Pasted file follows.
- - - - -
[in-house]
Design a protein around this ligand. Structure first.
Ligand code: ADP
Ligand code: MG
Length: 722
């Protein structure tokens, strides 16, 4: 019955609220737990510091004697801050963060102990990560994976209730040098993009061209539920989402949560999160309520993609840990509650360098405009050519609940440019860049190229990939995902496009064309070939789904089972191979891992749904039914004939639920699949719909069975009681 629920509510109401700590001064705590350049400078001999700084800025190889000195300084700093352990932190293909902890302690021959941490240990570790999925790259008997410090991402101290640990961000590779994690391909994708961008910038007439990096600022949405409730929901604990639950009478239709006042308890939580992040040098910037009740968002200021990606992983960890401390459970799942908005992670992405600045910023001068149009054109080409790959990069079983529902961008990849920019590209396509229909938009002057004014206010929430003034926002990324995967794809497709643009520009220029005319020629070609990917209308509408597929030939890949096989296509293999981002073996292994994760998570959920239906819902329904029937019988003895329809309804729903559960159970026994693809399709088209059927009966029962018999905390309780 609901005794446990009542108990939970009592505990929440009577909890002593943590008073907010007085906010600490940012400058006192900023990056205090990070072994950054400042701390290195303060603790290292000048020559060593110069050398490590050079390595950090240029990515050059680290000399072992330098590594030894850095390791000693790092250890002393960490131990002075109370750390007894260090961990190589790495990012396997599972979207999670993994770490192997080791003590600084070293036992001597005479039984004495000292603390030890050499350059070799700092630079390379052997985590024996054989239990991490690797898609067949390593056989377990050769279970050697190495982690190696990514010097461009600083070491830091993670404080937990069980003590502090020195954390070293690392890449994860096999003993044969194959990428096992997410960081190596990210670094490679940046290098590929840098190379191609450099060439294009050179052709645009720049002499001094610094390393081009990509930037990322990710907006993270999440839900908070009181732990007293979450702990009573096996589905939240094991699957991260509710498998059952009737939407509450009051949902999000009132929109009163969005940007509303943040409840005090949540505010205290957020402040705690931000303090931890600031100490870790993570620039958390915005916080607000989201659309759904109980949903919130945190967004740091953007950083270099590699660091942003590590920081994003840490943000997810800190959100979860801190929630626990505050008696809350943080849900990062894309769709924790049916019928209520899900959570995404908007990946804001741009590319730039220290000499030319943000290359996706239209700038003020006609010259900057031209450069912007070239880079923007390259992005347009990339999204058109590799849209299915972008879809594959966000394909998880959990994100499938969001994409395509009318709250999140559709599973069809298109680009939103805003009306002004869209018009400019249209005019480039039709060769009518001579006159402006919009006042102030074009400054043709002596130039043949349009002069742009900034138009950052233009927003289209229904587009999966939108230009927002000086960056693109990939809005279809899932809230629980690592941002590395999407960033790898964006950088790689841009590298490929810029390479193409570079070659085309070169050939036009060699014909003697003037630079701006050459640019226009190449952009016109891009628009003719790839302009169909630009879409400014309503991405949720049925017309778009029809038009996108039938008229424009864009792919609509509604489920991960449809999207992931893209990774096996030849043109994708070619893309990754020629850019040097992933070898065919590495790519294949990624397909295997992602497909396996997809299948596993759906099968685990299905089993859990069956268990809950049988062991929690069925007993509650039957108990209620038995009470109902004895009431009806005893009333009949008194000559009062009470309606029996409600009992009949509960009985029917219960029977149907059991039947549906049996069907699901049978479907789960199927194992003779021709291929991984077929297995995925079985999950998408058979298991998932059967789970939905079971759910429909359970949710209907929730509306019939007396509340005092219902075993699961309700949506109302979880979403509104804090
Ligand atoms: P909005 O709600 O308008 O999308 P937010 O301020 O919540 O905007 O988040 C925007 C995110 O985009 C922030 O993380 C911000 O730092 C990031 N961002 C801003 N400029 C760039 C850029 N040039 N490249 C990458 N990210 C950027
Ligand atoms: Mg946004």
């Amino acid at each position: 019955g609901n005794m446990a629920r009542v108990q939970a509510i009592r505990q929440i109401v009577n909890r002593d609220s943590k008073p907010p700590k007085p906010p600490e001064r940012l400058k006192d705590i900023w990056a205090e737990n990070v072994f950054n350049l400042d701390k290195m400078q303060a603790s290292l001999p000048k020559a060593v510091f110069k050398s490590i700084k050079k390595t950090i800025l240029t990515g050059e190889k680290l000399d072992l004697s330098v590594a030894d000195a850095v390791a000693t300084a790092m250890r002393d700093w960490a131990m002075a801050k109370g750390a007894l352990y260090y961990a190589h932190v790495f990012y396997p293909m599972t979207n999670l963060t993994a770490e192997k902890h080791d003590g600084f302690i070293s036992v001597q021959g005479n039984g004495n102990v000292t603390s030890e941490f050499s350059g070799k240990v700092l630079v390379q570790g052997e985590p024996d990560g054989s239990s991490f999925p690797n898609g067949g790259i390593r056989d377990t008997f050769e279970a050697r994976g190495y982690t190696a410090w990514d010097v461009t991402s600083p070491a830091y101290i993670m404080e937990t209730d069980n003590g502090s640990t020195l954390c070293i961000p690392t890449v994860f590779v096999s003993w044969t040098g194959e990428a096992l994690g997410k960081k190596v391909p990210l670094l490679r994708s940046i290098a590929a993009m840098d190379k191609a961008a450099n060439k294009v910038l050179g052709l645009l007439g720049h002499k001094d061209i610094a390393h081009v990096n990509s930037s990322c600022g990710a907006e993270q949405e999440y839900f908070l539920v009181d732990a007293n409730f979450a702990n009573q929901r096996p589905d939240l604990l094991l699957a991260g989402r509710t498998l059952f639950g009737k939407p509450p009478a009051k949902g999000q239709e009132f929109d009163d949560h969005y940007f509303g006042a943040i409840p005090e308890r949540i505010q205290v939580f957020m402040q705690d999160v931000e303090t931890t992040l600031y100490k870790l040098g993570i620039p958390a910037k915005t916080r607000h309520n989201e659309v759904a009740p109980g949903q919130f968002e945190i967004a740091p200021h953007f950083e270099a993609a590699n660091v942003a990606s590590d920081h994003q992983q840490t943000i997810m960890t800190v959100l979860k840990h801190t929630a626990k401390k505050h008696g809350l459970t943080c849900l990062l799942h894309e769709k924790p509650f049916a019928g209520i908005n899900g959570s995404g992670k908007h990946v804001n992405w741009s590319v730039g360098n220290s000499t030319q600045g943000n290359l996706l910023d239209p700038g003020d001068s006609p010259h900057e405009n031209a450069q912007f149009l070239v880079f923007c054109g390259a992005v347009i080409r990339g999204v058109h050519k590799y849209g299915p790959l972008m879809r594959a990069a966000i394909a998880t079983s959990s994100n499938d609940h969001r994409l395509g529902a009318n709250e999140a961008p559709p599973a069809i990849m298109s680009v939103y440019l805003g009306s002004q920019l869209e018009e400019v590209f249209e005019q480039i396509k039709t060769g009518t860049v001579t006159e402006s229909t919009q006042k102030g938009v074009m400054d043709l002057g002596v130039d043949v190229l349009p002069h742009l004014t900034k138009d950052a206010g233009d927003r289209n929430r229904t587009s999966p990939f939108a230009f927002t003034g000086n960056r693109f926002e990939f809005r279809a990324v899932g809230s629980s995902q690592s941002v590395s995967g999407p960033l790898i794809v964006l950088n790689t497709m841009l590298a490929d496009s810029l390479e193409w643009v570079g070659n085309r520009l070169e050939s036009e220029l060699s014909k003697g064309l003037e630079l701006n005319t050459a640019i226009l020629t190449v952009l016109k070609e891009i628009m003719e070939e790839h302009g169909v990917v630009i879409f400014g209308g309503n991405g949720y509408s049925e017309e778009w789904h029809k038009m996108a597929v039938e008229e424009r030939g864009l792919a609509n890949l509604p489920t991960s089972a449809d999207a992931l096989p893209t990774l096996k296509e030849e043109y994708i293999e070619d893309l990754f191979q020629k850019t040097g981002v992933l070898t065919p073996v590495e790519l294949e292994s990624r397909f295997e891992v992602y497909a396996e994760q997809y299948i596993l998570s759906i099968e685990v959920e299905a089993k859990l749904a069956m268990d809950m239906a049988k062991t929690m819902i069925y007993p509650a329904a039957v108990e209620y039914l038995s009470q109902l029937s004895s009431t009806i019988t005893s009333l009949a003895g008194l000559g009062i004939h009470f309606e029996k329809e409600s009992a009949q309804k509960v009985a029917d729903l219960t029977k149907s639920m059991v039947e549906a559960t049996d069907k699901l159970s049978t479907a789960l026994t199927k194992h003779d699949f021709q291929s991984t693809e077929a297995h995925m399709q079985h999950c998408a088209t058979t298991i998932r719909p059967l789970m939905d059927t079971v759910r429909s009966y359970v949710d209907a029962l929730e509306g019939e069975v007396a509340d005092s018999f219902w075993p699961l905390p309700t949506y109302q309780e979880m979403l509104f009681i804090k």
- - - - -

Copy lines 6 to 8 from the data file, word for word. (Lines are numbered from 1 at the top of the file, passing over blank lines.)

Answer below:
């Protein structure tokens, strides 16, 4: 019955609220737990510091004697801050963060102990990560994976209730040098993009061209539920989402949560999160309520993609840990509650360098405009050519609940440019860049190229990939995902496009064309070939789904089972191979891992749904039914004939639920699949719909069975009681 629920509510109401700590001064705590350049400078001999700084800025190889000195300084700093352990932190293909902890302690021959941490240990570790999925790259008997410090991402101290640990961000590779994690391909994708961008910038007439990096600022949405409730929901604990639950009478239709006042308890939580992040040098910037009740968002200021990606992983960890401390459970799942908005992670992405600045910023001068149009054109080409790959990069079983529902961008990849920019590209396509229909938009002057004014206010929430003034926002990324995967794809497709643009520009220029005319020629070609990917209308509408597929030939890949096989296509293999981002073996292994994760998570959920239906819902329904029937019988003895329809309804729903559960159970026994693809399709088209059927009966029962018999905390309780 609901005794446990009542108990939970009592505990929440009577909890002593943590008073907010007085906010600490940012400058006192900023990056205090990070072994950054400042701390290195303060603790290292000048020559060593110069050398490590050079390595950090240029990515050059680290000399072992330098590594030894850095390791000693790092250890002393960490131990002075109370750390007894260090961990190589790495990012396997599972979207999670993994770490192997080791003590600084070293036992001597005479039984004495000292603390030890050499350059070799700092630079390379052997985590024996054989239990991490690797898609067949390593056989377990050769279970050697190495982690190696990514010097461009600083070491830091993670404080937990069980003590502090020195954390070293690392890449994860096999003993044969194959990428096992997410960081190596990210670094490679940046290098590929840098190379191609450099060439294009050179052709645009720049002499001094610094390393081009990509930037990322990710907006993270999440839900908070009181732990007293979450702990009573096996589905939240094991699957991260509710498998059952009737939407509450009051949902999000009132929109009163969005940007509303943040409840005090949540505010205290957020402040705690931000303090931890600031100490870790993570620039958390915005916080607000989201659309759904109980949903919130945190967004740091953007950083270099590699660091942003590590920081994003840490943000997810800190959100979860801190929630626990505050008696809350943080849900990062894309769709924790049916019928209520899900959570995404908007990946804001741009590319730039220290000499030319943000290359996706239209700038003020006609010259900057031209450069912007070239880079923007390259992005347009990339999204058109590799849209299915972008879809594959966000394909998880959990994100499938969001994409395509009318709250999140559709599973069809298109680009939103805003009306002004869209018009400019249209005019480039039709060769009518001579006159402006919009006042102030074009400054043709002596130039043949349009002069742009900034138009950052233009927003289209229904587009999966939108230009927002000086960056693109990939809005279809899932809230629980690592941002590395999407960033790898964006950088790689841009590298490929810029390479193409570079070659085309070169050939036009060699014909003697003037630079701006050459640019226009190449952009016109891009628009003719790839302009169909630009879409400014309503991405949720049925017309778009029809038009996108039938008229424009864009792919609509509604489920991960449809999207992931893209990774096996030849043109994708070619893309990754020629850019040097992933070898065919590495790519294949990624397909295997992602497909396996997809299948596993759906099968685990299905089993859990069956268990809950049988062991929690069925007993509650039957108990209620038995009470109902004895009431009806005893009333009949008194000559009062009470309606029996409600009992009949509960009985029917219960029977149907059991039947549906049996069907699901049978479907789960199927194992003779021709291929991984077929297995995925079985999950998408058979298991998932059967789970939905079971759910429909359970949710209907929730509306019939007396509340005092219902075993699961309700949506109302979880979403509104804090
Ligand atoms: P909005 O709600 O308008 O999308 P937010 O301020 O919540 O905007 O988040 C925007 C995110 O985009 C922030 O993380 C911000 O730092 C990031 N961002 C801003 N400029 C760039 C850029 N040039 N490249 C990458 N990210 C950027
Ligand atoms: Mg946004």